If you haven't voted, check in here and throw in your two cents worth. Polls close next weekend.

Don't know what I'm talking about? Check here.

Or, if you would like to help me come up with a good symbol....

I'm soliciting ideas related to another quilt project at my other blog, here.

The Passion and Intrigue of the Seam Allowance

It seems like most of the people reading SOtC at this point are quilters themselves. Originally, most of the readers were non-quilters, and I was trying to explain the basics of the craft to them. Did anybody actually read these introductions to someone else's hobby? Who knows. But today, in the original spirit of the blog, I present this fascinating discussion of the Seam Allowance.

To start with: You don't want to think too hard about the details of how a sewing machine works. You just don't. It's hard to figure out, and it doesn't seem like it should actually work, and you'll forget it almost immediately, and just have to work it out again next time you get curious. Basically, though, you've got two threads -- the top thread and the bobbin thread -- that interlock at every stitch through the two (or more) layers of fabric that you are sewing together.

Now, the weave of the fabric is what holds the threads in place. Because of that, you don't want your stitches to be right next to the cut edge of your fabric. If the stitch is too close to the edge, the fabric will unravel in no time, and your seam will come undone.

In quilt-making, there is a nearly universal standard distance between the edge of any piece of fabric and the stiching used to piece it. That distance, called the "seam allowance," is one quarter of an inch.

In designing quilts and cutting fabrics, it's really critical to remember your seam allowance. If you want your quilt to consist of 5" squares, you have to cut 5 1/2" squares -- 5" plus 1/4" on all sides. If you want to alternate between 9" squares and little 3 x 3 checkerboards of 3" squares, you need to cut 9 1/2" and 3 1/2" squares. (If you are going to cut a triangle, or anything else that isn't rectangular, it gets more complicated. You'll be doing some applied geometry.)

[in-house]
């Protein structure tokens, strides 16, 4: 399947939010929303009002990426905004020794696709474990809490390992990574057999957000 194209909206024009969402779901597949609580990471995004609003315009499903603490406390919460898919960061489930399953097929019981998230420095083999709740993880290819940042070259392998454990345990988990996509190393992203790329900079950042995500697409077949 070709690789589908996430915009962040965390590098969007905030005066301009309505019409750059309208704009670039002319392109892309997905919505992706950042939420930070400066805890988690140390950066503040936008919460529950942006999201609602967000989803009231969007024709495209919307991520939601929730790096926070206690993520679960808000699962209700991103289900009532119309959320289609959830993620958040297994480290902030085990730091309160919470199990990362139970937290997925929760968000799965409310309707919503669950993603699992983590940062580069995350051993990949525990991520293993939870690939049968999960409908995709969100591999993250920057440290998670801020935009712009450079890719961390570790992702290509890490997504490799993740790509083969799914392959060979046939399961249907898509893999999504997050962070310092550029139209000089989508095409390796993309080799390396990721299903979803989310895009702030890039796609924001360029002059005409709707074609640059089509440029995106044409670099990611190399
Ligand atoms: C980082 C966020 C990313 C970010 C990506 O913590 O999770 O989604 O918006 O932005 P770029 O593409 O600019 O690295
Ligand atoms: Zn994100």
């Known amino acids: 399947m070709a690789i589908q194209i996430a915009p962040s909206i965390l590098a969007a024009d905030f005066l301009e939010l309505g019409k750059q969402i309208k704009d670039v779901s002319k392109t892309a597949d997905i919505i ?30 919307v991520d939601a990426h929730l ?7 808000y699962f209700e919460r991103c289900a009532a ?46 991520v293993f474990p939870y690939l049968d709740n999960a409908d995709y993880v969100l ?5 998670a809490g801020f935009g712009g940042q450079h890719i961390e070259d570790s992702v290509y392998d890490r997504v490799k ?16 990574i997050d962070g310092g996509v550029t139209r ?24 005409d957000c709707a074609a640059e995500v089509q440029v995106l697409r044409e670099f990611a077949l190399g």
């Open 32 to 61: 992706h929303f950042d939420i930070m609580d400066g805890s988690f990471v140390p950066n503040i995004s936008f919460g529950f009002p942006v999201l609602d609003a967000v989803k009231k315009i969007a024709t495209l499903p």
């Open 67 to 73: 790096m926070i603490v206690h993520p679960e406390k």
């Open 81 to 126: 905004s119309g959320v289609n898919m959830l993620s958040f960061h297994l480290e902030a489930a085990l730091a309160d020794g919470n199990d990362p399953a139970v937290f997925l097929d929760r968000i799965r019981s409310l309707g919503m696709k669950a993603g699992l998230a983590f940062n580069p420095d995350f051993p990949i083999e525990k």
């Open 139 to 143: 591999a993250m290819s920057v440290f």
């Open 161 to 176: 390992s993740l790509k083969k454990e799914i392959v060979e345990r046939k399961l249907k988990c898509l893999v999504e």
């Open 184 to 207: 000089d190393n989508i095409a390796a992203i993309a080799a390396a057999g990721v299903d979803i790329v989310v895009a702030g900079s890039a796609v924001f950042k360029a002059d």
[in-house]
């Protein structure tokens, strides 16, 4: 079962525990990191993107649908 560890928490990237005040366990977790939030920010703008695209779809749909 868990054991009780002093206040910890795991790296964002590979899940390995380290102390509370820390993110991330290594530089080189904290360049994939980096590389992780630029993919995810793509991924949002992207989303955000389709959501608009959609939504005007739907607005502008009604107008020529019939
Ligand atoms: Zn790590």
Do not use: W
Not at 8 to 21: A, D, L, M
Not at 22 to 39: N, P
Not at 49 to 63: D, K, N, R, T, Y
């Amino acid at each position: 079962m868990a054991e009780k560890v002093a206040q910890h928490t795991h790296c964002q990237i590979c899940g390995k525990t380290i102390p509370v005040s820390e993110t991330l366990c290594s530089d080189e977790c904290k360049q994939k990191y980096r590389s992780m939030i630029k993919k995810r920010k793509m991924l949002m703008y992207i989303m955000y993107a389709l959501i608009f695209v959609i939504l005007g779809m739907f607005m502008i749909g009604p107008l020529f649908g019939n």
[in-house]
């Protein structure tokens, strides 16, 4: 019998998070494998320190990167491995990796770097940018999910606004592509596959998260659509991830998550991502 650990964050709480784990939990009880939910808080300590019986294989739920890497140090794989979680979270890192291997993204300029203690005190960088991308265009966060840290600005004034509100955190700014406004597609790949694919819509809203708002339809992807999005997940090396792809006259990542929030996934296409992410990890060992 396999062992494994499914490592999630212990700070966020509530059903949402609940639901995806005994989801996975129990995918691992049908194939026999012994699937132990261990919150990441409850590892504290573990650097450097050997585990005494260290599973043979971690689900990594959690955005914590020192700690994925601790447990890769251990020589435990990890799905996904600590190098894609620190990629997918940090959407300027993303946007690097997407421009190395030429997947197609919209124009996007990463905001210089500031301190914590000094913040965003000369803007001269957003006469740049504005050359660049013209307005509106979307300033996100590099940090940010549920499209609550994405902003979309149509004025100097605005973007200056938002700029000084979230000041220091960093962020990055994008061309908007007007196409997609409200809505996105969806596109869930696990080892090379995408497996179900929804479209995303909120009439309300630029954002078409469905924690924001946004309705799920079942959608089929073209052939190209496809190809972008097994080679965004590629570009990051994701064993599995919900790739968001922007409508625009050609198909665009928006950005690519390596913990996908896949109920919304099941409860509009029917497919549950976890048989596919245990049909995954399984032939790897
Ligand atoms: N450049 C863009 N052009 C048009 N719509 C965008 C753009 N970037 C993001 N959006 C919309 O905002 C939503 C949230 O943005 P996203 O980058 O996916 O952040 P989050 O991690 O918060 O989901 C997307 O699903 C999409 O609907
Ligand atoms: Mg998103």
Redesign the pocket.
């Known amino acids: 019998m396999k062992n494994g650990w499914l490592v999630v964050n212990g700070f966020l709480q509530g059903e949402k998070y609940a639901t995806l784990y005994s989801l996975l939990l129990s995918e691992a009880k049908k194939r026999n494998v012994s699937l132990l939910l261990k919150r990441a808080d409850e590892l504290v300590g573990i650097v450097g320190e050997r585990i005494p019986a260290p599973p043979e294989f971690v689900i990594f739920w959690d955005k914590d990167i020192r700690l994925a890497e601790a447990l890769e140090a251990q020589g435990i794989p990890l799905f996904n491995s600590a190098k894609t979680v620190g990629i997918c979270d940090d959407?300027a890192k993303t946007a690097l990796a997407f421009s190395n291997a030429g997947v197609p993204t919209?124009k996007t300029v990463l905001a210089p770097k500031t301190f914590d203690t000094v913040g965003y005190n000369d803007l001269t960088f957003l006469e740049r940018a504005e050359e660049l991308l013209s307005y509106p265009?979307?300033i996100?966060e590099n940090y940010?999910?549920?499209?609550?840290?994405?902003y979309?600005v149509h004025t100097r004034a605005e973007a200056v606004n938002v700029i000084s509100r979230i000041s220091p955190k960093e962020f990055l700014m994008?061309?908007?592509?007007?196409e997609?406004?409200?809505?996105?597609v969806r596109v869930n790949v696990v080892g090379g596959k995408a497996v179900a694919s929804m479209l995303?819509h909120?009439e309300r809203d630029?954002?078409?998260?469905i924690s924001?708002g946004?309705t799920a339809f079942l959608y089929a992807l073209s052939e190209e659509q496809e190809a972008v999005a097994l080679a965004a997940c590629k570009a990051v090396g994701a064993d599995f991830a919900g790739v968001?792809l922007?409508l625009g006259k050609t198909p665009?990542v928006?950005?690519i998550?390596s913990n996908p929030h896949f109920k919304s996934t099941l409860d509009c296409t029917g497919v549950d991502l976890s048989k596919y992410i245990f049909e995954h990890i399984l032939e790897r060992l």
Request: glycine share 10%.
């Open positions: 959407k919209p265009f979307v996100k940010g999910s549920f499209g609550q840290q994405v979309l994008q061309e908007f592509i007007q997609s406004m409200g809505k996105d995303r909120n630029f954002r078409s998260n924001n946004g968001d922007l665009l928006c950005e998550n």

When you are -- to use my very least favorite quilt term -- "fussycutting," or cutting a specific piece to make it ~exactly right~ for where that piece is going in the quilt, you have to think about the seam allowance. Anything on the outer 1/4" is going to disappear; it gets pressed, or literally folded, under the quilt face.

Here are some two inch squares from the Oregon Map Quilt, before pieceing. Keep an eye on that one three across and three down. See how much yellow it has in it? We don't like that. But we're not worried. Also, notice the square on the lower left, the one with purple grapes all around its edges.

Here are the same squares sewn into strips. Now they are 1 1/2 inches wide. Much of the yellow in three across, three down is folded underneath now.

And here are the same squares in the final product, with the strips sewn together. The yellow is gone. And there's just a couple of grapes left (representing LaGrande, actually) in the fabric that was on the lower left. The rest of the purple is safely out of sight, hidden in the seam allowance.

When I started this post, I made myself the challenge of trying to write about seam allowances in a way that would be accessible and interesting to the non-quilter. And I see that I've failed miserably. Ah, well.

See ya next week!

Sunday, October 07, 2007

The Name That Quilt! General Election

Name That Quilt!

First of all, thanks to everyone for your excellent quilt name suggestions. I took them, tampered with a few of them, and picked five that I like. Since I believe in doing things in a open and democratic fashion, I will leave the final determination to a vote of the SoTC readers.

Over on the right is yet another picture of the quilt in question.

Here are the candidates. Vote!

Evening Star
Refraction #4.
Ice and Fire
Saturn's Night Sky

Speaking of Group Participation....

My friend Jennifer and I had the idea earlier this year of seeing if we could round up a group of people interested in making quilts based on Decemberists songs. A "quilt challenge" sort of thing. I haven't really done much with the idea, because I just don't think the demographics are probably right. But nothing ventured, nothing gained.

If you think the Decemberists quilt challenge might be right for you, please follow this flowchart:
  • Do you quilt, or would you like to?

  • If so, have you ever heard of the Decemberists?

  • If so, do you have some enthusiasm for the music of the Decemberists?

  • If so, can you imagine having the time and inclination to create a quilt based on a Decemberists song?

  • If so, let me know.

Quilt Season 2007: the Progress Report!

Labyrinth is still on the back burner for another week or two, although it was really sweet of several readers to protest this. I prepared the binding for it yesterday, but won't be putting that on for months yet. My plan is to start quilting it in a couple of weeks.

Name That Quilt is also on the back burner. I have finished my minimal quilting plan for it, and am thinking about whether I want to keep going and double the current quilting density, or just to decide that finished is good and declare victory. I'd actually like to get my mom's input on this, so it may just stay on the back burner until the next time I see her.

Niece #1's Graduation Quilt has made huge progress. I spent about 4 hours last weekend just laying it out, piece by piece, on a big sheet on the bedroom floor. Then I went through and pinned every piece to the sheet. I will probably start pieceing the face together next weekend.

Four Seasons is also on the back burner. I've assembled the faces for both "Spring" and "Summer," and now I need to find backing fabric that more or less matches what I used on the other two. I'll probably do most of the actual assembly over Thanksgiving.

Indigo Stars hasn't progressed.